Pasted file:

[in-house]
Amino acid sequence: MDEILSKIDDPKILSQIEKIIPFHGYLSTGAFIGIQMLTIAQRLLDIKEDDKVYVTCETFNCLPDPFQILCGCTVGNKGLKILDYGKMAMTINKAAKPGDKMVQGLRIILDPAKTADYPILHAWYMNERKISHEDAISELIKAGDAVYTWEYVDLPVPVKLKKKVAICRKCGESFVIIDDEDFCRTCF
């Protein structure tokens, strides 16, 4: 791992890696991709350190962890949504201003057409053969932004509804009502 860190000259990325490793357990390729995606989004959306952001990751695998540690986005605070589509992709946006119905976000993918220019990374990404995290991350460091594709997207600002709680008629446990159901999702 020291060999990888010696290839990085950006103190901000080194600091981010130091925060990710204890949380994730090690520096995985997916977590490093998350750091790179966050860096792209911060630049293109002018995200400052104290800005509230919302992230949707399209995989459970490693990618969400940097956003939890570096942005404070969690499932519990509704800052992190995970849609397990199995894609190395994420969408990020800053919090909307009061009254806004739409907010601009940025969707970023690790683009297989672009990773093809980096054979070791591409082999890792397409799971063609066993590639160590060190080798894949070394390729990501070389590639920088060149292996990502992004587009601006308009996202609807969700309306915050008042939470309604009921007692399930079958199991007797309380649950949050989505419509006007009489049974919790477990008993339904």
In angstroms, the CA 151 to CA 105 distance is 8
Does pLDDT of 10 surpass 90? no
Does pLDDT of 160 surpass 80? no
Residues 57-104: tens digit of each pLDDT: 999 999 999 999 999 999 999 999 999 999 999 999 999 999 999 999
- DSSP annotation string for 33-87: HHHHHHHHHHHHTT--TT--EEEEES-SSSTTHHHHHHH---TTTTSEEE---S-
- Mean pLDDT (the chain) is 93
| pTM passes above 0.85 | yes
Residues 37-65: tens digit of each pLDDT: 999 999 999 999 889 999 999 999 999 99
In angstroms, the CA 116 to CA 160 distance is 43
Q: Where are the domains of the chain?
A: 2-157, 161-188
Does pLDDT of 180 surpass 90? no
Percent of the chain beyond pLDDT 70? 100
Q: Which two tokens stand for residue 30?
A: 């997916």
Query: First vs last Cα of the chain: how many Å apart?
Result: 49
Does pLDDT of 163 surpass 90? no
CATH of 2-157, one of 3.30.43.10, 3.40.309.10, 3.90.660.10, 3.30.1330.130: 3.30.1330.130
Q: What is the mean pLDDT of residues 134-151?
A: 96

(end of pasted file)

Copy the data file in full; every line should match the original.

[in-house]
Amino acid sequence: MDEILSKIDDPKILSQIEKIIPFHGYLSTGAFIGIQMLTIAQRLLDIKEDDKVYVTCETFNCLPDPFQILCGCTVGNKGLKILDYGKMAMTINKAAKPGDKMVQGLRIILDPAKTADYPILHAWYMNERKISHEDAISELIKAGDAVYTWEYVDLPVPVKLKKKVAICRKCGESFVIIDDEDFCRTCF
């Protein structure tokens, strides 16, 4: 791992890696991709350190962890949504201003057409053969932004509804009502 860190000259990325490793357990390729995606989004959306952001990751695998540690986005605070589509992709946006119905976000993918220019990374990404995290991350460091594709997207600002709680008629446990159901999702 020291060999990888010696290839990085950006103190901000080194600091981010130091925060990710204890949380994730090690520096995985997916977590490093998350750091790179966050860096792209911060630049293109002018995200400052104290800005509230919302992230949707399209995989459970490693990618969400940097956003939890570096942005404070969690499932519990509704800052992190995970849609397990199995894609190395994420969408990020800053919090909307009061009254806004739409907010601009940025969707970023690790683009297989672009990773093809980096054979070791591409082999890792397409799971063609066993590639160590060190080798894949070394390729990501070389590639920088060149292996990502992004587009601006308009996202609807969700309306915050008042939470309604009921007692399930079958199991007797309380649950949050989505419509006007009489049974919790477990008993339904």
In angstroms, the CA 151 to CA 105 distance is 8
Does pLDDT of 10 surpass 90? no
Does pLDDT of 160 surpass 80? no
Residues 57-104: tens digit of each pLDDT: 999 999 999 999 999 999 999 999 999 999 999 999 999 999 999 999
- DSSP annotation string for 33-87: HHHHHHHHHHHHTT--TT--EEEEES-SSSTTHHHHHHH---TTTTSEEE---S-
- Mean pLDDT (the chain) is 93
| pTM passes above 0.85 | yes
Residues 37-65: tens digit of each pLDDT: 999 999 999 999 889 999 999 999 999 99
In angstroms, the CA 116 to CA 160 distance is 43
Q: Where are the domains of the chain?
A: 2-157, 161-188
Does pLDDT of 180 surpass 90? no
Percent of the chain beyond pLDDT 70? 100
Q: Which two tokens stand for residue 30?
A: 């997916």
Query: First vs last Cα of the chain: how many Å apart?
Result: 49
Does pLDDT of 163 surpass 90? no
CATH of 2-157, one of 3.30.43.10, 3.40.309.10, 3.90.660.10, 3.30.1330.130: 3.30.1330.130
Q: What is the mean pLDDT of residues 134-151?
A: 96